An Emotional Legacy

I don’t know about you, but I grew up not knowing how to manage or speak about my emotions.

It’s no one’s fault really.

My parents grew up without much permission to feel their emotions, much less talk about them. It was a symptom of the times, I guess. Their parents, my grandparents, had been born circa World War I and had come of age during the Depression. Their lives were marked by national trauma, but certainly they were not given the space to express their feelings, let alone get therapy or any kind of professional support.

In fact, their parents, my great grandparents, or their parents before them, had experienced trauma of their own, having immigrated from Germany, some by way of Russia, to the US. Imagine what that must’ve been like — traveling by ship across the ocean, not knowing what you would find on the other side! My grandparents were raised by folks who had what it took to take huge risks but who likely didn’t put words to their feelings — the courage they must’ve had, the fear, the excitement, and the exhilaration. And they didn’t likely have the time or wherewithal to explore the devastation they experienced once they were settling and growing their families during the uncertainty of World War I and the Depression, so my grandparents learned from their parents how to survive, how to do without, how to make do; they did not learn how to explore their emotions. They likely tucked them deep inside.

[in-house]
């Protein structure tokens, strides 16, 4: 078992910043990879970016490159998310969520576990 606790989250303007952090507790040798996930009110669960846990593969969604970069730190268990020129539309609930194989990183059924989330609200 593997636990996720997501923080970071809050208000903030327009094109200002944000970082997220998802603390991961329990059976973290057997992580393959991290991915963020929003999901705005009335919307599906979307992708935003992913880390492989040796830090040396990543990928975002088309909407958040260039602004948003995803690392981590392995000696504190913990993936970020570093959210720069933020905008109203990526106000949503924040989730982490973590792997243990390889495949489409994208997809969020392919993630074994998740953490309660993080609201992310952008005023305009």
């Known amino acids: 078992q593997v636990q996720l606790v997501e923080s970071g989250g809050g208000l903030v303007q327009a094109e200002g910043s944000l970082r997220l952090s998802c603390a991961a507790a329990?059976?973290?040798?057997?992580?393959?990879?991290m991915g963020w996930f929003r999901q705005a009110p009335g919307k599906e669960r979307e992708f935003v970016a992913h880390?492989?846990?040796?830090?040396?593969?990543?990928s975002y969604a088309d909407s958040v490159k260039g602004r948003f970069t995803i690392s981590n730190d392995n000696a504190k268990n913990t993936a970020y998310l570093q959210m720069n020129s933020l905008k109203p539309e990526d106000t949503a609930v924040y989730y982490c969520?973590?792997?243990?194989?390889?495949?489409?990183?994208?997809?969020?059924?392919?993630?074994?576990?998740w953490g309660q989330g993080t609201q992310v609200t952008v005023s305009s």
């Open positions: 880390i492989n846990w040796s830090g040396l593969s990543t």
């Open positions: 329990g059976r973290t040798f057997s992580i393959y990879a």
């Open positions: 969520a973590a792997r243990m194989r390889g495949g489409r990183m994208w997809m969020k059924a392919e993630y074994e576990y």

They carried residual trauma and latent emotions into their marriages where they had baby after baby and worked their keisters off to provide house and home and a better life than they had had. They put a meal on the table and clothes on their children’s backs, and for that, those children ought to be grateful. End of story.